Ford: Hitting the green road with new electric vans and services

Date: Wednesday, June 1, 2022   |   Author: Steve Banner

Ford is embracing the switch to battery-electric technology with a vengeance.

With E-Transit now in production and taking pride of place on the Ford stand, the manufacturer has just unveiled the E-Transit Custom. Offering an estimated range between recharges of up to 236 miles, it will be in build in 2023, with an electric Transit Courier set to join the zero-emission family in 2024.

As well as developing its product line-up, Ford is enhancing its support services.

The blue oval is rolling out a whole host of digital initiatives under the Ford Pro banner for its van clients in a bid to help them manage their operating costs more effectively and reduce downtime. Areas covered include software, electric vehicle charging, servicing and finance, the aim being to provide businesses with a single platform they can use to run their fleets.

Ford is at pains to stress that its support package applies to diesel and petrol as well as electric vehicles. However, it has clearly crafted it to cater for the coming switch to battery power.

Big groups such as DPD are already coming to the zero-emissions party. The parcels giant ordered 1,000 E-Transits earlier this year. 

But where does the rush to battery-electric leave small businesses? Will the local plumber, carpenter and plasterer find that an electric Ford light commercial has sufficient range to meet their typical daily needs?

No question about it says Ford of Britain director, commercial vehicles, Mandy Dean. "Remember that the average daily journey for a van is 69 miles," she observed.

Local trades people whose vehicles are parked in the street for much of the time while they are working inside somebody's house don't travel anywhere near that distance.

"So far as charging is concerned, if your house has got a drive then there is nothing to prevent you having a wallbox installed in your garage," she continued. You can plug your electric van into that, and recharge it overnight ready to start work the following day.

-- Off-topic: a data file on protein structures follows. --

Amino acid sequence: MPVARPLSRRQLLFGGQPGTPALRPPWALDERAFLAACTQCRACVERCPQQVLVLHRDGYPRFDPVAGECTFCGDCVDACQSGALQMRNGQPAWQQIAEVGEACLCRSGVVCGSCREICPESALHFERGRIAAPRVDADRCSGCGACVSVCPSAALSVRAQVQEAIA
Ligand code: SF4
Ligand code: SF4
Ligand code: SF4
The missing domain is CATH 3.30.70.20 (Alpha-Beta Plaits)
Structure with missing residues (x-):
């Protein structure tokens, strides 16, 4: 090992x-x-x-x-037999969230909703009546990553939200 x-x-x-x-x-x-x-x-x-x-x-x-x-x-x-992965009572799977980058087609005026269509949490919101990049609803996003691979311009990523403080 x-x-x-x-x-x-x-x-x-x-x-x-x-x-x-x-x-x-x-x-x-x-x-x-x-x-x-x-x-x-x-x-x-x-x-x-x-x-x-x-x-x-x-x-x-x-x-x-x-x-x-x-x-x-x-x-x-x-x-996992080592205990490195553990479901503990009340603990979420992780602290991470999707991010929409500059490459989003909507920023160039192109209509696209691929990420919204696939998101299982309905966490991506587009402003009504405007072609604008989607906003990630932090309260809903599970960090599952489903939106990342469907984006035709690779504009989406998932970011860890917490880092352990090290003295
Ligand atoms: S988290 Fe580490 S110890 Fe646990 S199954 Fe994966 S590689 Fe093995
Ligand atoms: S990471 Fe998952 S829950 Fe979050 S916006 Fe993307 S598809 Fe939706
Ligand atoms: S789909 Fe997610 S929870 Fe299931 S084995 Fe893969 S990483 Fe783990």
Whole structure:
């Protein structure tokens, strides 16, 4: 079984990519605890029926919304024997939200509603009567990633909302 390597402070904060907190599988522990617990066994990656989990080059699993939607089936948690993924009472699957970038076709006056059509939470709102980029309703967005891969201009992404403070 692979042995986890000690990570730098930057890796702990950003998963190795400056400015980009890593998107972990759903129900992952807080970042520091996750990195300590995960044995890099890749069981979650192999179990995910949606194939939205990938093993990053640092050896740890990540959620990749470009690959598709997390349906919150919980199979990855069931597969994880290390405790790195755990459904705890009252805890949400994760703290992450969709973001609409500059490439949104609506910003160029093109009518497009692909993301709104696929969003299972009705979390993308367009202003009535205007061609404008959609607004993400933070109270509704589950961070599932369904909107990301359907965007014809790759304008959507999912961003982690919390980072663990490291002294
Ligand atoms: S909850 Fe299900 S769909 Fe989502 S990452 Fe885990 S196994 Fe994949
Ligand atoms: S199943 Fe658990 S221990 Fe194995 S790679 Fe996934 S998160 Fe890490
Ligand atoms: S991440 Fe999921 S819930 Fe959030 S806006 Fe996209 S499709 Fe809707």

"Furthermore, Ford can arrange access to 16,000 publicly-accessible charging points across the UK," Dean said. So you can still charge up your light commercial even if you live in a flat or a terraced house.

Nor need for customers to worry that their vehicle's battery will fail prematurely, leaving them with an eye-watering bill for a replacement. "We warrant our batteries for eight years/100,000 miles," she said.

One key advantage of switching to battery-electric vans is that they should require 40% less servicing than their diesel counterparts. A drawback is that they remain considerably more expensive to acquire. 

Electric technology is getting cheaper all the time though says Dean, so the price gap between battery and diesel vans should steadily narrow. However, she was unable to say when they will reach price parity; and prices of all light commercials are soaring anyway as the cost of energy and raw materials continues to escalate. 

"The industry used to impose retail price increases of around 1% to 2% a time," she said, “now it's more like 6% to 8%." 

Shortages of key components such as semi-conductors mean customers are having to wait many months for their vehicles to be delivered; a problem that is afflicting all manufacturers. At the time of writing anybody who ordered a diesel Transit Custom could expect to wait until March 2023 before delivery.

"We offer customers full price protection," Dean stressed. In other words, the price agreed today will not go up, even though delivery may be months away.

It is interesting to note that anybody who orders an E-Transit is likely to get it significantly quicker. Delivery times of three to four months were being quoted at the CV Show.



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